Private Health Insurance In Spain – For Non Lucrative Visa Application

Health Insurance in Spain for US Citizens and other nationalities who are thinking of applying for the non lucrative visa Spain or the retirement visa Spain, have been asking about the private health insurance Spain.  The popular questions are related to costs, as well as the medical insurance in Spain requirements for the non lucrative visa.  If you are looking for practical information on health insurance in Spain, this is the perfect place for you to start!  It has been a hot topic for us lately and keeping our email inbox buzzing away.

Explaining Medical Insurance in Spain or private Health Insurance Spain costs and options. This is all information to meet the non lucrative visa Spain or retirement visa Spain requirements. Read more about Private medical insurance Spain on

We’ve also received a few questions from expats already living in Spain as well.  After responding to several of the emails, I thought it would just be easier to write up a quick post and let you know all that we know about health insurance for Americans living in Spain.  This may apply to other countries as well, but you will need to check.

Updated: As of July 2019  

Private Health Insurance Spain

Medical Insurance in Spain is one of our most popular posts!  We have updated information below.  It seems many of our clients are now informing us that their consulate is requesting medical insurance with no co-pay and no deductable.  This is currently only the guide at a few of the consulates, so please check with the one aligned to you.  See our recommendations below.

What is the cost health insurance in Spain?

I know it is a huge mental leap for an American to think the cost of Medical Insurance for Spain or Health Insurance, as something you can afford out-of-pocket.  Well, let me just tell you from personal experience, we found health insurance for American expats living in Spain to be very”affordable”.  Of course affordable is a matter of opinion so I will share with you the actual cost of our private medical insurance for our Spanish resident visa, as well as other quotes we have received.  You can be the judge and also ask for your own quotes.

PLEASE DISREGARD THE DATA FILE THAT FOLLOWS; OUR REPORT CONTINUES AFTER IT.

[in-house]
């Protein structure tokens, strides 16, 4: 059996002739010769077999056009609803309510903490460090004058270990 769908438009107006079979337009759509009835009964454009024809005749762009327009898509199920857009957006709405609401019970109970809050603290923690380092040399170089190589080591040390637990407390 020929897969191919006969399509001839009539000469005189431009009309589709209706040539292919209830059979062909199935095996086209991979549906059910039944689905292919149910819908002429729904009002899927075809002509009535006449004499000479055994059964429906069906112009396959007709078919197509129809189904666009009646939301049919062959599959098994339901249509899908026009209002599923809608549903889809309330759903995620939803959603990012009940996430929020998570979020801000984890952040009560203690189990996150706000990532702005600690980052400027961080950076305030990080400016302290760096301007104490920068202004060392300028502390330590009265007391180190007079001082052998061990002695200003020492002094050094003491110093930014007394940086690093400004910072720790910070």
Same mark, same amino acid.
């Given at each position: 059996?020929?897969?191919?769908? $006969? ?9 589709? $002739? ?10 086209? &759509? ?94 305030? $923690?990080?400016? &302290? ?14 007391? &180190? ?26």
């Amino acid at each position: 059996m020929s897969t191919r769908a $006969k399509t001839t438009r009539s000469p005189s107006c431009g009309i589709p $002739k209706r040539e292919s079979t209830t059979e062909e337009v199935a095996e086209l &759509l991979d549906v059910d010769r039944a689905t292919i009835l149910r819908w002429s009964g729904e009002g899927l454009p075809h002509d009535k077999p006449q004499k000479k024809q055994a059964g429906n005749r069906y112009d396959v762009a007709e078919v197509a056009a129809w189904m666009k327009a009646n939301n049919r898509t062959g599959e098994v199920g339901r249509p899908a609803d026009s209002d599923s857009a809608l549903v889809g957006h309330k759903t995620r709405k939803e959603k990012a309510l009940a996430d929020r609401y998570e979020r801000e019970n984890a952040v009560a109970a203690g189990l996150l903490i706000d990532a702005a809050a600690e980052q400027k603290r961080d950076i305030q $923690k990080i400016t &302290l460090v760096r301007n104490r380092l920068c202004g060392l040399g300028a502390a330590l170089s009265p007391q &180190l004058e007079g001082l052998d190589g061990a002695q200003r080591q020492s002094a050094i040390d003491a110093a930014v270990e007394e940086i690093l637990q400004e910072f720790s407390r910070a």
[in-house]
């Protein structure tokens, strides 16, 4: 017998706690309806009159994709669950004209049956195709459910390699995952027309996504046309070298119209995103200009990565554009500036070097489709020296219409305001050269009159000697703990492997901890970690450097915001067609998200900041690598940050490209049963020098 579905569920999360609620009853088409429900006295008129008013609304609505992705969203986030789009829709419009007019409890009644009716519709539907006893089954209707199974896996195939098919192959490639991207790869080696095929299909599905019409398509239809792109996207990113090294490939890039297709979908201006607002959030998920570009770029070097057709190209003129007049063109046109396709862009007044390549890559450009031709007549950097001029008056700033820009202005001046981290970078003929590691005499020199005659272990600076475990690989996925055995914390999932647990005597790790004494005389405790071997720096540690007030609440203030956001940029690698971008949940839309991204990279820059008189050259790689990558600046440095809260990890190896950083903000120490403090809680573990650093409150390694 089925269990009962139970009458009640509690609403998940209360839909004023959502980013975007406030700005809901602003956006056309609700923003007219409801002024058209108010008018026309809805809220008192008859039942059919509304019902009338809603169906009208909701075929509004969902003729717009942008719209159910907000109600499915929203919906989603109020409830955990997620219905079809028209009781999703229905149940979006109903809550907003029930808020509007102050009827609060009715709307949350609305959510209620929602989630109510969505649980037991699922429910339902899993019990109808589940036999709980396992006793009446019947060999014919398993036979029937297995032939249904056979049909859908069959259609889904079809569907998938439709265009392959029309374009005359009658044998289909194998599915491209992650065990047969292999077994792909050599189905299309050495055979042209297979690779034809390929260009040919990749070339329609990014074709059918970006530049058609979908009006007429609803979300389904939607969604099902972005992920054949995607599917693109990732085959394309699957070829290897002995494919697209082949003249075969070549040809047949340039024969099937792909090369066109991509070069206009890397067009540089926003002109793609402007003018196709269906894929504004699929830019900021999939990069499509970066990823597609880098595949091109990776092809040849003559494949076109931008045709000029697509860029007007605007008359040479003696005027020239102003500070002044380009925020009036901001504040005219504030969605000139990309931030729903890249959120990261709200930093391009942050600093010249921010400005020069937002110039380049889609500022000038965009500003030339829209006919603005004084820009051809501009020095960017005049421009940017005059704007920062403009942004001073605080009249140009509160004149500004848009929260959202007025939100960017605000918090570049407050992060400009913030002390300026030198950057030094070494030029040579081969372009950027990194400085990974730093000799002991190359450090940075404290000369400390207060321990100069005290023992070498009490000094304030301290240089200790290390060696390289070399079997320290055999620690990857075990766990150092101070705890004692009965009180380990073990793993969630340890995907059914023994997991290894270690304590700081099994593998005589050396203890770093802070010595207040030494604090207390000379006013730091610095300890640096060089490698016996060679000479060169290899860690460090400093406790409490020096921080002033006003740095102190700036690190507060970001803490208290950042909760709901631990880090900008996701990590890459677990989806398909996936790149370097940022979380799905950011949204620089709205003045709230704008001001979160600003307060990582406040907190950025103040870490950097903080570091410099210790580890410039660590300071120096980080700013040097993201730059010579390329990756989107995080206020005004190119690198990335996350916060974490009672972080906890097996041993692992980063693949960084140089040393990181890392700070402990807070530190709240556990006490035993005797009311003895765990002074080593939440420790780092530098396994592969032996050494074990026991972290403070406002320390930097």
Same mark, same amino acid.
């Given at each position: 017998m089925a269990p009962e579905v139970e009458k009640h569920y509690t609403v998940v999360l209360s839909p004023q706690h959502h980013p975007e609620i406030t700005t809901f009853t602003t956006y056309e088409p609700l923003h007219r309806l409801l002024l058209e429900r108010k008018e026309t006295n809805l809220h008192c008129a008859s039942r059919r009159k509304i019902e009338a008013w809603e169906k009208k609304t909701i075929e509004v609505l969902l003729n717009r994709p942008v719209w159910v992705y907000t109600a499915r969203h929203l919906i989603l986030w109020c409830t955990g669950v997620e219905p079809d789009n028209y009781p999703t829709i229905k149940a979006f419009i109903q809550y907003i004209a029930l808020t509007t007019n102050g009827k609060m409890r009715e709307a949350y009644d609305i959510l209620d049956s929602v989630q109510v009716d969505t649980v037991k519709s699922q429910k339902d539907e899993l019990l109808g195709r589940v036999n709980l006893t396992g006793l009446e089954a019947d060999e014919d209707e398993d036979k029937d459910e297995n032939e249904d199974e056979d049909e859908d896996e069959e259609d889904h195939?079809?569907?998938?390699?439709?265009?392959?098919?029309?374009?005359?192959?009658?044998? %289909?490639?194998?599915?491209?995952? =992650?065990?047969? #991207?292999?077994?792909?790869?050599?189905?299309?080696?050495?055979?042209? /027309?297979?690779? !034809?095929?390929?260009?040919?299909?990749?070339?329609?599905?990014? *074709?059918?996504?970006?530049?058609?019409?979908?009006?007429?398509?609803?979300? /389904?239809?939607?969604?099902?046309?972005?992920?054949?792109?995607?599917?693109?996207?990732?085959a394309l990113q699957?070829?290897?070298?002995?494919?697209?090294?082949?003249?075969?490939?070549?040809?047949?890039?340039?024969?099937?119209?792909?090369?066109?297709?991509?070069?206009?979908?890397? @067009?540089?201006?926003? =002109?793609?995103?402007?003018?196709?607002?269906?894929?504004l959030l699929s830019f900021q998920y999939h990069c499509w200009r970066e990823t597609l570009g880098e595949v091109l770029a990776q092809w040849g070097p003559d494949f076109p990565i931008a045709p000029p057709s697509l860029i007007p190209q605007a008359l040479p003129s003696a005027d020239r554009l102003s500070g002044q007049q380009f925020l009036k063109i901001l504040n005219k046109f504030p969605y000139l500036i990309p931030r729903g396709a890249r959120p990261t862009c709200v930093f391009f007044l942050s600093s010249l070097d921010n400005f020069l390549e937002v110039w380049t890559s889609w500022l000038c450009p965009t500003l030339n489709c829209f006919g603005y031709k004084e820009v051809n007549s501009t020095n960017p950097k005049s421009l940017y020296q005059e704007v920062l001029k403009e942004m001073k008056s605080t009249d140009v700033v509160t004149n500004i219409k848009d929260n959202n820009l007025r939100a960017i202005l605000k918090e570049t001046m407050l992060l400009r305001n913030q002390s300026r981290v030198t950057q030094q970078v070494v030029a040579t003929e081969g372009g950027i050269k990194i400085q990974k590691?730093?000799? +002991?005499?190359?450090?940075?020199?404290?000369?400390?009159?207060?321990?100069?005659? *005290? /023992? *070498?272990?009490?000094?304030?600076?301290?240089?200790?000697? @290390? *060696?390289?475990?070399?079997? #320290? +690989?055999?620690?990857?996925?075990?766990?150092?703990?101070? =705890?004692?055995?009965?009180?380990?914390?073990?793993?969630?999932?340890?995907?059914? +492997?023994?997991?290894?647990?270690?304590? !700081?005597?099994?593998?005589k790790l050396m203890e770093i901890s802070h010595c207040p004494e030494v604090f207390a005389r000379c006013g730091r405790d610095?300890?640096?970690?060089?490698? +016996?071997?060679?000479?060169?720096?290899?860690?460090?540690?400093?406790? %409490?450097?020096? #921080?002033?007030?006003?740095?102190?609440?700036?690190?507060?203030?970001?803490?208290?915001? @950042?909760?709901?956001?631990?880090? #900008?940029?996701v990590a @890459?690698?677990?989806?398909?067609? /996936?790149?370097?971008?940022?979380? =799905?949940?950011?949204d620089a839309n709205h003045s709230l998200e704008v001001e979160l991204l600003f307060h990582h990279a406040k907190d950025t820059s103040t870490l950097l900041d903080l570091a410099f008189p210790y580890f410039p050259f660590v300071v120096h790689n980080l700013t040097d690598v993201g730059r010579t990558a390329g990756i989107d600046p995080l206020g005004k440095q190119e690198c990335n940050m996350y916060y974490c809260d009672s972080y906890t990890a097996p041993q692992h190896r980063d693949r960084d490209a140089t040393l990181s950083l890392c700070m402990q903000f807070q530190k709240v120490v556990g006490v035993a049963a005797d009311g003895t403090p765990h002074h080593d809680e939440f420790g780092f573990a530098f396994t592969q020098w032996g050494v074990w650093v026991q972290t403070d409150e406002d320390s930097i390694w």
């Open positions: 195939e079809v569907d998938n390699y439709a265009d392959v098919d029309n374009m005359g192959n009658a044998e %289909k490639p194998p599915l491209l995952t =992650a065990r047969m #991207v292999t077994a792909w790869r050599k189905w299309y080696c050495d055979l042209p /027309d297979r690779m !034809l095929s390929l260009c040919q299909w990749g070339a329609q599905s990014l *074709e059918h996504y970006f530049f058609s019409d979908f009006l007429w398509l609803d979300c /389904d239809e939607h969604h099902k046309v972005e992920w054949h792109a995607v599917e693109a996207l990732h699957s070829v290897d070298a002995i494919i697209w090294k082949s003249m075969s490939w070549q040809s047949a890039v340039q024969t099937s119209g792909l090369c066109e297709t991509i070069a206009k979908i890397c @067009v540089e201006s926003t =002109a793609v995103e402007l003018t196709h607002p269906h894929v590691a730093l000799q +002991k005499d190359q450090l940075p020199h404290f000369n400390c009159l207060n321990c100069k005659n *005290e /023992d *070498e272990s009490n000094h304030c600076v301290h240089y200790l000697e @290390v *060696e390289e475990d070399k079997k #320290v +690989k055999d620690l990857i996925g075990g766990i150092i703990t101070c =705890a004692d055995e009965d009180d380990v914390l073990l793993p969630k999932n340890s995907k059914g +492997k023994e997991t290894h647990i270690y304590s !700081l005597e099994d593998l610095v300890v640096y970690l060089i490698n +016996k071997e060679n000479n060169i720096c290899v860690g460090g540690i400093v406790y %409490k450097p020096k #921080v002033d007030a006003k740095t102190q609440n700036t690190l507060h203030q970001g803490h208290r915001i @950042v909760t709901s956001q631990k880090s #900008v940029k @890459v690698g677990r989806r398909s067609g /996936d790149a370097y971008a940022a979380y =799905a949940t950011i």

Please do keep in mind this is just something for you to get a feel for the costs, as for each person/family it will vary due to your ages, location, duration of policy and coverage selected.

Medical Insurance Spain
For Non Lucrative Visa Application or other resident visa applications in Spain

(US Citizens or non-EU Citizens)

Medical Insurance Spain and How to Apply for non lucrative visa in Spain US citizens

REQUIREMENT – You need private Spanish Medical Insurance Coverage!

This is true for either the non-lucrative visa in Spain or the retirement visa in Spain.  It is likely required for other Spain visas as well, but these are the two we mainly focus on.  It is possible to purchase the non-lucrative visa health insurance Spain in advance, and we provide you the info we have available.  Keep in mind we are not insurance agents and can’t compare for every option, just those which we know or have experience with private insurance.

Let me start back when we were applying for our non-lucrative visa for Spain (late 2011/early 2012).

When we applied in 2012 the requirement of insurance for Spain visa read:

Info. Proof of medical insurance coverage while in Spain. We do not accept insurance cards. We need a letter from your insurance stating that you will be covered while travelling to Spain. Travel medical insurance with a minimum coverage of 30,000 Euros or its equivalent in US dollars. This should include repatriation (returning a person back to the country of origin).

As of May 2014, it read:

Proof of having international medical insurance while in Spain, with a certified translation into Spanish.

Do keep in mind the requirements for the non lucrative visa often change and can vary between the 12 Spanish Consulates within the United States.  Please do verify your exact requirements with the consulate aligned to your location and determine what is required for your Medical Insurance in Spain.  Sometimes each consulate has slightly different rules.

Time to show you our Research on private medical insurance

Let the research begin.  When still living in the US, we researched many options and found it to be overwhelming.  Many US insurance companies wouldn’t insure us outside of the United States for an extended period of time.  Others wanted a thorough head-to-toe examination and proof that we were over the top healthy.  We received many online quotes from your standard US Insurance companies (Cigna, Aetna, IMG, United, etc.) and many quoted $5000 – $12,000 per year for our family of 4.  What?!  I thought that was crazy and continued to do research.